What are common steps to take after a communications audit?

Consider leaving the office for a cup of coffee and a different environment when you review the results. The Communications Director and CEO should do this separately, then come together later to discuss the results.

  1. Set aside time to review the audit report.
  2. Document your own observations. Since someone else made the recommendations, think about what you see in the results. What was eye-opening to you in the report? What issues were you unaware of? What resonated with you about what changes are necessary?
  3. Decide on a few actions you’ll take immediately as a result of the audit. You might choose to make a few simple changes first to gain confidence. Other changes will take time.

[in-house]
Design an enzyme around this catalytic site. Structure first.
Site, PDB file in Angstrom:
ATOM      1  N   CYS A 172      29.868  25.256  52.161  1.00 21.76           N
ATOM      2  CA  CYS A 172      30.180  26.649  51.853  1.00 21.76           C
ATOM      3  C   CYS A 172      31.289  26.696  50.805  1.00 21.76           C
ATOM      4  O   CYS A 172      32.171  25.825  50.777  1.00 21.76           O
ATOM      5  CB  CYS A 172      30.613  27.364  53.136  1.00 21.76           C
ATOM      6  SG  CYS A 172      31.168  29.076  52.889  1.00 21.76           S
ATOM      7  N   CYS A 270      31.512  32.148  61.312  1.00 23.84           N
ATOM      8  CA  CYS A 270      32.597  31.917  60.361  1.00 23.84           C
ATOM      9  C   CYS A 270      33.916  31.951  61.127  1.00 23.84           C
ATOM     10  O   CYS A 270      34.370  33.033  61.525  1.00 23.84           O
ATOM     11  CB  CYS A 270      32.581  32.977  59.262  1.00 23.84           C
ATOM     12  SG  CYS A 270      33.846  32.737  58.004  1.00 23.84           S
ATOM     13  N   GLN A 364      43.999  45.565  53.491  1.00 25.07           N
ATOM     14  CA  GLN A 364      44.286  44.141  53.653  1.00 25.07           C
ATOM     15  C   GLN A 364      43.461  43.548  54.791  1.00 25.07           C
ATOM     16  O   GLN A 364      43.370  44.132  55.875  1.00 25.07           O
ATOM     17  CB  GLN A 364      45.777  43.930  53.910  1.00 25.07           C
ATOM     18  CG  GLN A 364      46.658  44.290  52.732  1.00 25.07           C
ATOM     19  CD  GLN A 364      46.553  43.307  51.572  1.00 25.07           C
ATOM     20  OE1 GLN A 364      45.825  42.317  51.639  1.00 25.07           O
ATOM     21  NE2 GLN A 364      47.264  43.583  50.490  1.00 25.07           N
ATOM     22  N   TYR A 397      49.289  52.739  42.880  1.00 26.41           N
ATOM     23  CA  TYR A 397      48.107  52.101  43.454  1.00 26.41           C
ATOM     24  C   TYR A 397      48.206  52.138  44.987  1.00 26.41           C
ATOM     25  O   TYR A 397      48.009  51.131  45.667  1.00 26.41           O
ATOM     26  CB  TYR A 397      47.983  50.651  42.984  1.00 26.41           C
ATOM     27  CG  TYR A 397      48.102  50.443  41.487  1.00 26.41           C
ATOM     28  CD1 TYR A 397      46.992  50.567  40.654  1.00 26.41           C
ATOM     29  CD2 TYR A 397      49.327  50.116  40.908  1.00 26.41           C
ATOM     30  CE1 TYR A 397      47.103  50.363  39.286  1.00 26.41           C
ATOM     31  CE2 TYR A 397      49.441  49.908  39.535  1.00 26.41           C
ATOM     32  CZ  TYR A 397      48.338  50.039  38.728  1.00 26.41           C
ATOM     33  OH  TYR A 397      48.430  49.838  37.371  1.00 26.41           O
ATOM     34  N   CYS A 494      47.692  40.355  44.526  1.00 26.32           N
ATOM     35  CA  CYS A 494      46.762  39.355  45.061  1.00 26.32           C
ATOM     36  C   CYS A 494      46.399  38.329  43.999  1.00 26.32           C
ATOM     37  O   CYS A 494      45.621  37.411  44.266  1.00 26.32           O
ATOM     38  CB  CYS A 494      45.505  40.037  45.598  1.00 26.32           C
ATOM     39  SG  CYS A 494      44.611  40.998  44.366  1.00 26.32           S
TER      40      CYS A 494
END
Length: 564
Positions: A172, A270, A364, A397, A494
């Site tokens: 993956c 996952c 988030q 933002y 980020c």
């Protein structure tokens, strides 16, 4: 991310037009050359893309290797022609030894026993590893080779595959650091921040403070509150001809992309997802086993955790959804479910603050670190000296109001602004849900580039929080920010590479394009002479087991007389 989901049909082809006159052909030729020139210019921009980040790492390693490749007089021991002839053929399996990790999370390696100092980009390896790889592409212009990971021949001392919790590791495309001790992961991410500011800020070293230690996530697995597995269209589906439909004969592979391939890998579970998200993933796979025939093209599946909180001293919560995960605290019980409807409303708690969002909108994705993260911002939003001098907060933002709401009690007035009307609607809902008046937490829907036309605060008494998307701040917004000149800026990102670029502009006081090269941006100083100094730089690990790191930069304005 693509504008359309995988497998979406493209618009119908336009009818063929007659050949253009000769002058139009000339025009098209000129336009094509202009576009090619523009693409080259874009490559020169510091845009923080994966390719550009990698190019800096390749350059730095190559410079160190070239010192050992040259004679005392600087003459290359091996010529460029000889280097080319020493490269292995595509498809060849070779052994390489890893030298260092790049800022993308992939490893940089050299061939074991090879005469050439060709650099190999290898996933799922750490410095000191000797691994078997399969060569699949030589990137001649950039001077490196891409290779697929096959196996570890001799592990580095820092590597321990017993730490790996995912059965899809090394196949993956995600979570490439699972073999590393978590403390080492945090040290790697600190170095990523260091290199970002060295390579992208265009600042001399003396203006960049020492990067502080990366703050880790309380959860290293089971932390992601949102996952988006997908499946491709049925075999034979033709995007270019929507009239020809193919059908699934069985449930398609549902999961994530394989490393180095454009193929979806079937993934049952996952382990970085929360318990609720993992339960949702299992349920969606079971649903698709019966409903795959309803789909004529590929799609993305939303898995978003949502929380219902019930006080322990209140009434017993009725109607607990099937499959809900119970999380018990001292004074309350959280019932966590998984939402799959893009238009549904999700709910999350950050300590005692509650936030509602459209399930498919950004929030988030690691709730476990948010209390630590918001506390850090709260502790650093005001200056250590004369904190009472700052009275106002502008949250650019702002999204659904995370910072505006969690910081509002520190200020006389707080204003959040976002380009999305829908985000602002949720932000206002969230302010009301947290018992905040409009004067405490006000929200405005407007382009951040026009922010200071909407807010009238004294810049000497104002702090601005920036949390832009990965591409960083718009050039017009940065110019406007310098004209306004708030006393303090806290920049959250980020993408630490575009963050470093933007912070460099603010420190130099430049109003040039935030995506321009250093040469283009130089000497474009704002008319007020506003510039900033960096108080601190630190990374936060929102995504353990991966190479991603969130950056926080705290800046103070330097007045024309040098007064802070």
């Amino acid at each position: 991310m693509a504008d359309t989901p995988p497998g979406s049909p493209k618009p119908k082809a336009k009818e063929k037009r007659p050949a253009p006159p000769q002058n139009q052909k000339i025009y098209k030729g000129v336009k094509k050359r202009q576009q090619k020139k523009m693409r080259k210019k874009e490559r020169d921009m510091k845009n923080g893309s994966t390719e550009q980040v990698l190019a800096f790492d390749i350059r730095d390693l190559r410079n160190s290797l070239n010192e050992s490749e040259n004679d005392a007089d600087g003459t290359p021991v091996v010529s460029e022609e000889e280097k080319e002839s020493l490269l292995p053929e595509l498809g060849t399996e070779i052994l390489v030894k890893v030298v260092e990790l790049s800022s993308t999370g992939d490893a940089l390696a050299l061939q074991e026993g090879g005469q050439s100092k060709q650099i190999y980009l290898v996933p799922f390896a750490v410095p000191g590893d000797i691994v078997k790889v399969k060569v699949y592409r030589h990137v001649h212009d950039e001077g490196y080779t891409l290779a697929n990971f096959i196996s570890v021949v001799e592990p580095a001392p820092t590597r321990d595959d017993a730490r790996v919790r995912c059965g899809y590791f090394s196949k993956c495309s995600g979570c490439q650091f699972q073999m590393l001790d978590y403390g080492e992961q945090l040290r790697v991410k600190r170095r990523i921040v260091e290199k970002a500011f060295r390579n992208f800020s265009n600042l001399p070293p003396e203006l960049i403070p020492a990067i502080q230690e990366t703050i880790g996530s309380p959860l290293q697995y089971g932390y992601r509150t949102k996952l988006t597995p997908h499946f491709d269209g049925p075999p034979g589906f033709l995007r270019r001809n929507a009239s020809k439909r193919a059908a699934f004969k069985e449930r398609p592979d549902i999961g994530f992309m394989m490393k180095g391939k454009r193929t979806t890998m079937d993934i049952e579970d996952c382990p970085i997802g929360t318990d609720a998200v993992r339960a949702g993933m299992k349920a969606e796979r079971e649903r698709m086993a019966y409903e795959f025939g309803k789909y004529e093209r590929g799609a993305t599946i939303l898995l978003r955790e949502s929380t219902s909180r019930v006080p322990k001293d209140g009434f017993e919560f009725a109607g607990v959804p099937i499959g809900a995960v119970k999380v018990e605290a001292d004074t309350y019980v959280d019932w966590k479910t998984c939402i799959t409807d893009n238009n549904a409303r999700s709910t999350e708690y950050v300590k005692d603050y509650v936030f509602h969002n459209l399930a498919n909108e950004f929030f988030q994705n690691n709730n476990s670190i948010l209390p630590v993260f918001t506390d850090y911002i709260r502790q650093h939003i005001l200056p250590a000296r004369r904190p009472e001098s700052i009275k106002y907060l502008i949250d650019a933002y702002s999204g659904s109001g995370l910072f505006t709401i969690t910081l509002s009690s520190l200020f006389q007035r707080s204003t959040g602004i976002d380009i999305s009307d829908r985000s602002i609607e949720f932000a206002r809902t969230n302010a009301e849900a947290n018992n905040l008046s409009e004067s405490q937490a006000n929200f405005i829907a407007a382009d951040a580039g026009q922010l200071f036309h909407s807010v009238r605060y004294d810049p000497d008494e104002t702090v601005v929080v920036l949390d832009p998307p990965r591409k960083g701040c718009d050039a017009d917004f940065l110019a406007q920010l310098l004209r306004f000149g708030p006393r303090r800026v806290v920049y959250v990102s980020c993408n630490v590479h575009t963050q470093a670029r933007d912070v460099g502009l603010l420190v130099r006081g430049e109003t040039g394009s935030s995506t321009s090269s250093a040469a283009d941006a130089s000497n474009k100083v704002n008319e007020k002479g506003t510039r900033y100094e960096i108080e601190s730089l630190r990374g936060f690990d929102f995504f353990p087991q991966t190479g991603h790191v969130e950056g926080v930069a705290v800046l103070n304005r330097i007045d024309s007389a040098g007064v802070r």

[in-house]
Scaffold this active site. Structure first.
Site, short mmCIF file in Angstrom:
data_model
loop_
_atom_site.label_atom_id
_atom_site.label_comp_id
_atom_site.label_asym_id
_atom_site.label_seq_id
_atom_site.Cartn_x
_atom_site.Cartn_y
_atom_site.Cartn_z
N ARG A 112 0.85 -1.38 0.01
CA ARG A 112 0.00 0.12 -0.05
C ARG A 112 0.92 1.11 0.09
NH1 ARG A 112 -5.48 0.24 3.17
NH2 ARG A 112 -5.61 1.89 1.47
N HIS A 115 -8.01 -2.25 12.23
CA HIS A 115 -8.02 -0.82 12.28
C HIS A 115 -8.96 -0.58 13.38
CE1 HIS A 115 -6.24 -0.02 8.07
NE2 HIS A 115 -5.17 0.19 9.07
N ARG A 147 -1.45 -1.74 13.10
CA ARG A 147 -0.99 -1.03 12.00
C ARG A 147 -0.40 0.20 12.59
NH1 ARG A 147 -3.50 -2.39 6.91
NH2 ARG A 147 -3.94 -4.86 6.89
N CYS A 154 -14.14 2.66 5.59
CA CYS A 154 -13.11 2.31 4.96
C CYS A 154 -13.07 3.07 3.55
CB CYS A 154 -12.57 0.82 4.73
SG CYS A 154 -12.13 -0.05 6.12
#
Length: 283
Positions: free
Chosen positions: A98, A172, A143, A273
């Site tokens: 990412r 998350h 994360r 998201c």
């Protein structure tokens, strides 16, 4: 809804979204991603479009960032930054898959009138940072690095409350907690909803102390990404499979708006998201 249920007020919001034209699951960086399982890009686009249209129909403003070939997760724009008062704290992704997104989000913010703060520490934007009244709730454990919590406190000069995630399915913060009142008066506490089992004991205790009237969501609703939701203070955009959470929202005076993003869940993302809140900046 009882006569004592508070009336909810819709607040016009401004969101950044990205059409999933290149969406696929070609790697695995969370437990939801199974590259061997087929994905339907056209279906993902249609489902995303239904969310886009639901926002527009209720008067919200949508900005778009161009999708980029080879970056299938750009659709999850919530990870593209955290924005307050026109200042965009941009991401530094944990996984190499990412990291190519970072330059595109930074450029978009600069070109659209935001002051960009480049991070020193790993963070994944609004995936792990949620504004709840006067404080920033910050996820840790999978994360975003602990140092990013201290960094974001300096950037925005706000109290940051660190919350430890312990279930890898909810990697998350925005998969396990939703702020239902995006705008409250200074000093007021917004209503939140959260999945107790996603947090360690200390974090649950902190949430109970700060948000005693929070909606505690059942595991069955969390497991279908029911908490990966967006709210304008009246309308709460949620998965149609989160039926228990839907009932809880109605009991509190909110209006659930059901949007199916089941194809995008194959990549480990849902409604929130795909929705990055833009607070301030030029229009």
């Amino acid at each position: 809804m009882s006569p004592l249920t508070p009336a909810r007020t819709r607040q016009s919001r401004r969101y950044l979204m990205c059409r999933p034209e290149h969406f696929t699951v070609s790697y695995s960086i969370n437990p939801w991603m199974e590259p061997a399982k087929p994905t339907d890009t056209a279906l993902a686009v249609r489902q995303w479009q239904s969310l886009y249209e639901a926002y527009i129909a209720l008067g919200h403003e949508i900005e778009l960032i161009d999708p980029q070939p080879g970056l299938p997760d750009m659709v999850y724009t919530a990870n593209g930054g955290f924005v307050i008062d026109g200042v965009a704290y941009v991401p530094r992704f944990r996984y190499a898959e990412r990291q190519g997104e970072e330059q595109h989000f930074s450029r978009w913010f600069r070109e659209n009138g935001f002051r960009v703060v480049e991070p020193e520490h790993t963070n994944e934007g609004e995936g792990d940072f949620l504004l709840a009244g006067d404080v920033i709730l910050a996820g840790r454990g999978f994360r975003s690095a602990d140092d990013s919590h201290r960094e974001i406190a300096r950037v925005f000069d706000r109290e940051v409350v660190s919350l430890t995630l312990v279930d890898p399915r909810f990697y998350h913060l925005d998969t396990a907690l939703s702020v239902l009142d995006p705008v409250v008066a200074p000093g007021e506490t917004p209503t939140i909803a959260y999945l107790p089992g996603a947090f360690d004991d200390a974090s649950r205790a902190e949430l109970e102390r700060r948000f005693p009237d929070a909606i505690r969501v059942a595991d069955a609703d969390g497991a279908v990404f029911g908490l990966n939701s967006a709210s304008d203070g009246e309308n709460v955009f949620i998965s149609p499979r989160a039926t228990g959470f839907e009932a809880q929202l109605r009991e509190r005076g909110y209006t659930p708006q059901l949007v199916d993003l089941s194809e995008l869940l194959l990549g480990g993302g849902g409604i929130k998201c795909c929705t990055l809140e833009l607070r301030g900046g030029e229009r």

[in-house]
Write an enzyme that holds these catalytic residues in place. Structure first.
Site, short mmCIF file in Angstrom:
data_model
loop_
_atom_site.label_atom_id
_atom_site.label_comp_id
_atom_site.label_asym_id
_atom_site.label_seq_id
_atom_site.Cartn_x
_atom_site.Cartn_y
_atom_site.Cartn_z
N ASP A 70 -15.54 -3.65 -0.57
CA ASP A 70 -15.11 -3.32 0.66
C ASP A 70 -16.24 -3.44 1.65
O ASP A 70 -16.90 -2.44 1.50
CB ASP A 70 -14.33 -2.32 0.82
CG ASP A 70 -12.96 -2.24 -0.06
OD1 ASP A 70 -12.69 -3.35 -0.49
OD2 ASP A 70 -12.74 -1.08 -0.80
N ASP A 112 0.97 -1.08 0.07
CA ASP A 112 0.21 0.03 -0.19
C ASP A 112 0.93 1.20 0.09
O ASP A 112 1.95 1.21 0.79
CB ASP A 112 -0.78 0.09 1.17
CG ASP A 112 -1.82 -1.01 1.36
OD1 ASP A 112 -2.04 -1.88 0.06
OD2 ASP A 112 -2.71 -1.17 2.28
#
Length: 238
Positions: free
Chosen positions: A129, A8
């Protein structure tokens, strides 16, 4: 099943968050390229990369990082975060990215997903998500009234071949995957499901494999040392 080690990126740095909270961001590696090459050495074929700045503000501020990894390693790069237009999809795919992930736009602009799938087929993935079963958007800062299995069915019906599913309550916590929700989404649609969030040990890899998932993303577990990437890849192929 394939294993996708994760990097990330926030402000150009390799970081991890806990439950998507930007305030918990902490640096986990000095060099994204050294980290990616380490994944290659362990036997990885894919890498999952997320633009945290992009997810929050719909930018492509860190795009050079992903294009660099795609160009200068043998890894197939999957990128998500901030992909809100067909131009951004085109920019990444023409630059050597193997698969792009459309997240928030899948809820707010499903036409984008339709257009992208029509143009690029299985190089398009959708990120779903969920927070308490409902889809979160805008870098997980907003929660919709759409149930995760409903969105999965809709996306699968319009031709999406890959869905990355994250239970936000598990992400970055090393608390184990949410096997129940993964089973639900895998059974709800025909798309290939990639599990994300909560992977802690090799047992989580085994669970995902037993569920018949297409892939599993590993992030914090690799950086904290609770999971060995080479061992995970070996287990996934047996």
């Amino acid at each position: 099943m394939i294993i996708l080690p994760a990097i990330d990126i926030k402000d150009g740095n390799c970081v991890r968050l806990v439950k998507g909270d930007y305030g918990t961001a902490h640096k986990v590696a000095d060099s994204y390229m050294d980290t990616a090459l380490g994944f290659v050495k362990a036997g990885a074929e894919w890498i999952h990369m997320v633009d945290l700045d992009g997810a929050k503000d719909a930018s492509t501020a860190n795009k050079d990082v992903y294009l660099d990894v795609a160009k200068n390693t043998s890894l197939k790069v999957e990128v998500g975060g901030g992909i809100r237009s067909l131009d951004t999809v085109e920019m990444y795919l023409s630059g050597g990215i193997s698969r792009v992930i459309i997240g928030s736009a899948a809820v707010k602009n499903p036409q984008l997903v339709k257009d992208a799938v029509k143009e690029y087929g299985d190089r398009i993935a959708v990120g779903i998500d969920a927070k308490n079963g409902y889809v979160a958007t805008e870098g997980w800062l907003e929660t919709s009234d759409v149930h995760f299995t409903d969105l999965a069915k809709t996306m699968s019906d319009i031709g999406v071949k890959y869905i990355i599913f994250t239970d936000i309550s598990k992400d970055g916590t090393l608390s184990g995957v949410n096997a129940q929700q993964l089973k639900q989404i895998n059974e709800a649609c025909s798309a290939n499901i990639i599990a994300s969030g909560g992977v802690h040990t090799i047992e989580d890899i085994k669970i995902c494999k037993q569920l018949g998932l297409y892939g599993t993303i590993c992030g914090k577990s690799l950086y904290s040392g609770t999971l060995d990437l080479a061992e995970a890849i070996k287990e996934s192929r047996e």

4. Feed your new activities and approaches into a documented, strategic communications plan.
  5. Establish a measurement system so that you can track your results.

These steps will give you confidence in your go-forward strategy and ensure a return on your audit investment.

Melynn Sight is founder and president of nSight Marketing. She works with associations and their members in all aspects of communications, helping associations communicate more value to their members. Learn more at www.nsightmarketing.com.

Related Articles

Leave a Reply

Your email address will not be published. Required fields are marked *

Back to top button